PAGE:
When I first moved to Israel from Colorado I was struck by the lack of truly ‘wild’ places. The difficulty in finding a place where one could feel truly alone with nature. Because Israel is so small, and mostly so densely populated, finding such places is difficult. If you’re staying in the ‘center’ (Jerusalem-Tel Aviv-Coast), or the North of the country you can find places of natural beauty, but they are often marred by crowds, paved paths, garbage from picnickers, and the like. Israel has more trails per square mile than any other nation on Earth. Israelis love nature, hiking, and adventure, with the same full throttled enjoyment with which they live their lives generally, and they take every opportunity to get out into the national parks and cover the many, many, well worn paths all over the country. As a tour guide I’m thankful for the infrastructure this demand provides, but if you don’t want to drive for hours to the middle of the Negev desert, there are not many options close at hand which still display relatively unspoiled natural beauty, and the feel of a wild place. That area does exist though, in Judea and Samaria.
Thanks to the political and security issues around visiting the Jewish communities in Judea and Samaria and their environs, they are not yet on the main tourist map, or that of your average Israeli from Tel Aviv looking for a weekend outing. And so we have the strange phenomenon where I can walk ten minutes down the hill from my home in Tekoa, into the ‘wadi’ (canyon) nearby, find a spot to sit, and despite seeing another town off in the distance, and the man made hill of Herodion towering above me, I can sit in silence with no people around. As I sit I may see a rock hyrax, an ibex, various large birds of prey, lizards and, in the right season, fluttering clouds of butterflies, as well as finding wild thyme, wild mustard, sage, and mint to bring home for dinner.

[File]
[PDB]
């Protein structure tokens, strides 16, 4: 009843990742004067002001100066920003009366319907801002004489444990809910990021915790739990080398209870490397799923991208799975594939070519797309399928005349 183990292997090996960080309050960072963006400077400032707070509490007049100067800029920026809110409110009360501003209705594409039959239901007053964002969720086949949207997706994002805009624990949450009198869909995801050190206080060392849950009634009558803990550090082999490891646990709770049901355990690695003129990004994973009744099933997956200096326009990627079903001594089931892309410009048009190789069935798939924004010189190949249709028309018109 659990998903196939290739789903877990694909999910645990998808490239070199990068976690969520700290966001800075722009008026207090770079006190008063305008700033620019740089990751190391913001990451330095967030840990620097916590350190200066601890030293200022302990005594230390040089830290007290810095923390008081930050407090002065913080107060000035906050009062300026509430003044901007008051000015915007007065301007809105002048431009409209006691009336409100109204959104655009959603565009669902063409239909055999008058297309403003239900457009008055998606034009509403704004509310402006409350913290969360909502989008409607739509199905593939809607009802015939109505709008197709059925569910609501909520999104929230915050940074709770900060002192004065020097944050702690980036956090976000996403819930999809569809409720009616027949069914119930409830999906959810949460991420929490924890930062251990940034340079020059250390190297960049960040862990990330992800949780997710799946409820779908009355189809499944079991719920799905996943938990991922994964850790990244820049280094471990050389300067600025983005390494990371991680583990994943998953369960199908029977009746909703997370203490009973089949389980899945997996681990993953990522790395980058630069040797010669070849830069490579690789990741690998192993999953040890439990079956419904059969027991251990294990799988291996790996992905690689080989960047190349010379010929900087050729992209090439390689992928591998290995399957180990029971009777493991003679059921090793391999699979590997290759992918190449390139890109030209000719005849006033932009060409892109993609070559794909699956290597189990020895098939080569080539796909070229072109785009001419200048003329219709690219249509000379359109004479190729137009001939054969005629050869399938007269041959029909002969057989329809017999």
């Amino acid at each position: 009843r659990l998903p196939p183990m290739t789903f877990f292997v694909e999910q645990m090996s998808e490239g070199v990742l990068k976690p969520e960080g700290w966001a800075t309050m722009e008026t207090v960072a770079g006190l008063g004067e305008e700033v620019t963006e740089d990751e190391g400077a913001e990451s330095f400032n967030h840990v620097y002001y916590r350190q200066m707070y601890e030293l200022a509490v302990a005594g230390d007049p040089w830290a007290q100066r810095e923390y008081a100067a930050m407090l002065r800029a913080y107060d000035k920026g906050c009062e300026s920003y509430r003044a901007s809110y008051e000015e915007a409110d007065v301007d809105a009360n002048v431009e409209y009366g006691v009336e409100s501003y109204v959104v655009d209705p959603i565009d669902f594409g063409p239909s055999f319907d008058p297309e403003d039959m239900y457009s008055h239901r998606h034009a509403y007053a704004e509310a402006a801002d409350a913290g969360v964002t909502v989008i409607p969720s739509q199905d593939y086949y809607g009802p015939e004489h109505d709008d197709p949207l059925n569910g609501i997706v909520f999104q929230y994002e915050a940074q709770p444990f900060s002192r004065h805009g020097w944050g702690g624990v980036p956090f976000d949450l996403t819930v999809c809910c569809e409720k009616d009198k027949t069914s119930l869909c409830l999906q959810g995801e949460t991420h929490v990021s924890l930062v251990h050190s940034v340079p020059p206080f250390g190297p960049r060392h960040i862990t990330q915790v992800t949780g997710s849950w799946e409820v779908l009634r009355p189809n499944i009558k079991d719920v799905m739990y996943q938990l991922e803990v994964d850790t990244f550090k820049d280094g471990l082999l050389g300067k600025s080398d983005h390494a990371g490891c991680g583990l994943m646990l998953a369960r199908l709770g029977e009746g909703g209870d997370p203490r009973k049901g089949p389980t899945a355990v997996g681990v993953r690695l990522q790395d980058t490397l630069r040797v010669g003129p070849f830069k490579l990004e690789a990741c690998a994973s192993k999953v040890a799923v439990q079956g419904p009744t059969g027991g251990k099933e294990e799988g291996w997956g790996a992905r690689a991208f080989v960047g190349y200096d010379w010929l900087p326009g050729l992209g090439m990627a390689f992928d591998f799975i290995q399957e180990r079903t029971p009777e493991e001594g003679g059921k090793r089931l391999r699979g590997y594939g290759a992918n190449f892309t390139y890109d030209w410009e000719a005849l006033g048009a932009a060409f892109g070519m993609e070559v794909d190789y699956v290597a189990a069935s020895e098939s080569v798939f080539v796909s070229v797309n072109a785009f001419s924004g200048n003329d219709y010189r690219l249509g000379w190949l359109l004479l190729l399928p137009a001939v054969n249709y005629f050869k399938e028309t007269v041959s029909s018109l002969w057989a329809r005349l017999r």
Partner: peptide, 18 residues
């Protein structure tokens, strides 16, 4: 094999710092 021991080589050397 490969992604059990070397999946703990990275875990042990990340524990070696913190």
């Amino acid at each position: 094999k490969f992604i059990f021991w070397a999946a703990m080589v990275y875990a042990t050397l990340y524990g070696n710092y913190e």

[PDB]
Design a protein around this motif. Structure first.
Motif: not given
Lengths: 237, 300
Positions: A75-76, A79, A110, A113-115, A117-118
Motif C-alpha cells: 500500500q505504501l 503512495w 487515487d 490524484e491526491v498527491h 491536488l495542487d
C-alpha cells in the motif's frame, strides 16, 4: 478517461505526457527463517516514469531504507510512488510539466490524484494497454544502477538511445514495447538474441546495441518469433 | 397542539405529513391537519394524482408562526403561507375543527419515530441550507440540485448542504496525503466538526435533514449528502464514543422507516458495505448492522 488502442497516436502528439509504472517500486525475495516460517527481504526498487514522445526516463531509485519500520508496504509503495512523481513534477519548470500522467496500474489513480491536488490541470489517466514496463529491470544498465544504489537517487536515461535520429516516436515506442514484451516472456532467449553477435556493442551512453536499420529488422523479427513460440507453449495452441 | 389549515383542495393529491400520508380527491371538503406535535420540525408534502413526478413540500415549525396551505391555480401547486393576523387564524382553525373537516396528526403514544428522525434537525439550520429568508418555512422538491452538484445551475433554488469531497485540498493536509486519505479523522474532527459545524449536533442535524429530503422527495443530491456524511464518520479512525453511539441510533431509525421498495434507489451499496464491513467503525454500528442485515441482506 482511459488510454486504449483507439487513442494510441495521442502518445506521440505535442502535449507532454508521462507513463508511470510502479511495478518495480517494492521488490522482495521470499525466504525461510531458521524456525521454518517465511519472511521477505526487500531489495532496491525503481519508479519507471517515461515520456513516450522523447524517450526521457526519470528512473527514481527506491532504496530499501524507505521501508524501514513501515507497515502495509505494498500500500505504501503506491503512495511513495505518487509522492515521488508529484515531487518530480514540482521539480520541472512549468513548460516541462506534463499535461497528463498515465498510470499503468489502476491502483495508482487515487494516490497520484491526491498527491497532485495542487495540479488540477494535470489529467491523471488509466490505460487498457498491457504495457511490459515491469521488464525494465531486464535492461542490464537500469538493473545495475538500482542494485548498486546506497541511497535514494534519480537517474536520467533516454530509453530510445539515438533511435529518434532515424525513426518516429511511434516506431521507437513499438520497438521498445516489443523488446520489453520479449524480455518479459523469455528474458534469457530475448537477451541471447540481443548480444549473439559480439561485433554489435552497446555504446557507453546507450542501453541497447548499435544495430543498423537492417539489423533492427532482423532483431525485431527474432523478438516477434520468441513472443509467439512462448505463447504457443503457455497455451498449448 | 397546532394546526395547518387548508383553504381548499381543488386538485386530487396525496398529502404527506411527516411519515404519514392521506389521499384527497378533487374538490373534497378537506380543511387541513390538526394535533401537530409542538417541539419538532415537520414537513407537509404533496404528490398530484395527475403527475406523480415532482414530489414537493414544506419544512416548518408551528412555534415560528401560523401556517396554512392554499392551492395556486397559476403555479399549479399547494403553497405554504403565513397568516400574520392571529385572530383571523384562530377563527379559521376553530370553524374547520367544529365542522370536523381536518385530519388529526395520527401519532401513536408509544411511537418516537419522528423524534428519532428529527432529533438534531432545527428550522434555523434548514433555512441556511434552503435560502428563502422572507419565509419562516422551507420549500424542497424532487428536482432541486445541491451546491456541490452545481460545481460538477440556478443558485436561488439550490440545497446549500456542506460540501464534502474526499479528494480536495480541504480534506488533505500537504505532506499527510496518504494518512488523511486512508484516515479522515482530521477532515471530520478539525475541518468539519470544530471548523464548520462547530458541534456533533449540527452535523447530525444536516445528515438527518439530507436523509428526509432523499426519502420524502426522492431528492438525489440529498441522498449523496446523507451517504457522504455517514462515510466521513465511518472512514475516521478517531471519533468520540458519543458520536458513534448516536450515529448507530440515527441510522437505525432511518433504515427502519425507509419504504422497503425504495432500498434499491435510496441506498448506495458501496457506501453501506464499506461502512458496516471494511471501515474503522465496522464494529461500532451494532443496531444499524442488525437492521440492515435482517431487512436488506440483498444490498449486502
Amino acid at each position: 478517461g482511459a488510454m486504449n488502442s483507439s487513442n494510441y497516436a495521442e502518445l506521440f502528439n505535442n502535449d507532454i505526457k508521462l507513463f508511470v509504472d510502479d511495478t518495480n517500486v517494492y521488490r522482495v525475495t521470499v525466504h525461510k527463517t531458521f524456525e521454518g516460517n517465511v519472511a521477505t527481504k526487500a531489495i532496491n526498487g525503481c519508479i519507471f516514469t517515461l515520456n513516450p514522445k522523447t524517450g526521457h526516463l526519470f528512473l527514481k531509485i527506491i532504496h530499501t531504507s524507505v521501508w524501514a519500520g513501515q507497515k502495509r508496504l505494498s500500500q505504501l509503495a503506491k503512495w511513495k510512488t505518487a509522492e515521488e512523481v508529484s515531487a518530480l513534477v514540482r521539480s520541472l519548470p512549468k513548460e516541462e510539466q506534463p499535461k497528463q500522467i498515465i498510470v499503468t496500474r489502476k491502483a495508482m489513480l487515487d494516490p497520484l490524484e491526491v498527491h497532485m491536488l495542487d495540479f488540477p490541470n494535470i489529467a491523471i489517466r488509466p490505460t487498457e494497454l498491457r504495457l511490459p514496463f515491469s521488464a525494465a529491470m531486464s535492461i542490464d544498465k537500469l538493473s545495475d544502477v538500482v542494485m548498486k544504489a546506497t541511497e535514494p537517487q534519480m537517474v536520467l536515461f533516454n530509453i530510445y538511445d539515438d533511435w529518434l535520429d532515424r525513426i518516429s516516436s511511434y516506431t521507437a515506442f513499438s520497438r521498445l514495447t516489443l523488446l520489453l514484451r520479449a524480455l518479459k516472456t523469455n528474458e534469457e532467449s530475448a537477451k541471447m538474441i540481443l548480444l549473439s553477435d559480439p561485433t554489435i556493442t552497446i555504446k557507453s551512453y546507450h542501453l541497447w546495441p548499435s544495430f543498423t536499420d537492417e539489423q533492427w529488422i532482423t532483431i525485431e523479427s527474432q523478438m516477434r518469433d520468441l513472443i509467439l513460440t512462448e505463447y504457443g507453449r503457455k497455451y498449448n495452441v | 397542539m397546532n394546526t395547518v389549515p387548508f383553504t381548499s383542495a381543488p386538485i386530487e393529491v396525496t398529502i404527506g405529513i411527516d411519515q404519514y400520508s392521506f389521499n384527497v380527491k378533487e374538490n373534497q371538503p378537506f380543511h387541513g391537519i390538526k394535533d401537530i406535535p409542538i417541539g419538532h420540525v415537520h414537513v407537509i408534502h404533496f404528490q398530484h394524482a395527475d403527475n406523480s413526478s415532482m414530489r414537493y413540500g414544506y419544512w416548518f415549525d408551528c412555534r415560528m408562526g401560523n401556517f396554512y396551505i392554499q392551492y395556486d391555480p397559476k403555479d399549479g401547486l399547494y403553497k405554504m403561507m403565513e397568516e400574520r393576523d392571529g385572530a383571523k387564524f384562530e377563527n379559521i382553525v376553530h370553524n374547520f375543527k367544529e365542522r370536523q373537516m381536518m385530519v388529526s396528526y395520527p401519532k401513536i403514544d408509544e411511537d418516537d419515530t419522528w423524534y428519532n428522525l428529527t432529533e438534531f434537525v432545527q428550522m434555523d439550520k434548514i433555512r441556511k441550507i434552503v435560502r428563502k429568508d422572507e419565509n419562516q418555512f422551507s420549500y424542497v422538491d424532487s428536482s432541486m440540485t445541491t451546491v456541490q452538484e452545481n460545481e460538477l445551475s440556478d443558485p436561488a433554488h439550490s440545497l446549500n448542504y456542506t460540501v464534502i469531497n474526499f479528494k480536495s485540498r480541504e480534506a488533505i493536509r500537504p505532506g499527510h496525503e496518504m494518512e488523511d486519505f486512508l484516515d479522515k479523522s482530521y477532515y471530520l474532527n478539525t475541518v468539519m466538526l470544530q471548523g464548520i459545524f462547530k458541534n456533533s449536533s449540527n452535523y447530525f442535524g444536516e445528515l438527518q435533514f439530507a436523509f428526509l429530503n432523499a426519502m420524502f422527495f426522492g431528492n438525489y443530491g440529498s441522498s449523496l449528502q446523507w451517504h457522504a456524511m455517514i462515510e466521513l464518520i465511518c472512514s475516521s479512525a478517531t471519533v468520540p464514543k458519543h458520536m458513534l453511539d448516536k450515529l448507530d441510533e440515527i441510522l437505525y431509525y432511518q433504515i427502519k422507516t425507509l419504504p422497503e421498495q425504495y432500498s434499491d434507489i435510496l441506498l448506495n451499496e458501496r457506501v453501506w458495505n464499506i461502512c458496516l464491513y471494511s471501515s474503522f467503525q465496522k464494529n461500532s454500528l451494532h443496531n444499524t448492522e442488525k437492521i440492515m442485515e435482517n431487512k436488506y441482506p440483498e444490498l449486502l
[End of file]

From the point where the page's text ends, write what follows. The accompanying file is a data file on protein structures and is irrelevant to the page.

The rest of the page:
If I continue down the trail a bit I will soon arrive at the Haritoun cave, one of the longest cave complexes in the country, and the only major cave I know of which is people can access, yet unspoiled by any major infrastructure. No lighting. No paved areas inside or guard rails. Just little yellow and white reflective dots at the end of spikes nailed into the walls at the turns signal the ways in and out.
And unlike the wild places I knew in Colorado, places of stunning beauty like Rocky Mountain National Park, the Blue Bells, Pike’s Peak, and on, and on, even these isolated gorges and hills speak to the deep, ancient history of the Jewish people and the roots of our faith (and that of the entire monotheistic world). From my perch by the side of the canyon, I am looking down into the same canyon that Amos the prophet would have seen from his home as he prophesied, and possibly stood on part of the path he would have walked down to areas by the Dead Sea where some bible scholars theorize he may have owned a grove of trees farmed for wood or date palms. I look up at the burial place of Herod the Great, who renovated the second Temple and created the Western Wall and the Temple Mount as they stand to this day. And of course I know that, as our rabbis in the Talmud state, every four steps I take in the Land of Israel are the fulfillment of a divine command.
Eastern and central Gush Etzion, the Mt. Hebron region, Binyamin and Samaria are full of such small, hidden treasures if you know where to look, and have a guide who knows how to keep you safe while taking you there. If you would like a tour including any of these areas (or anywhere else in the country) please be in touch!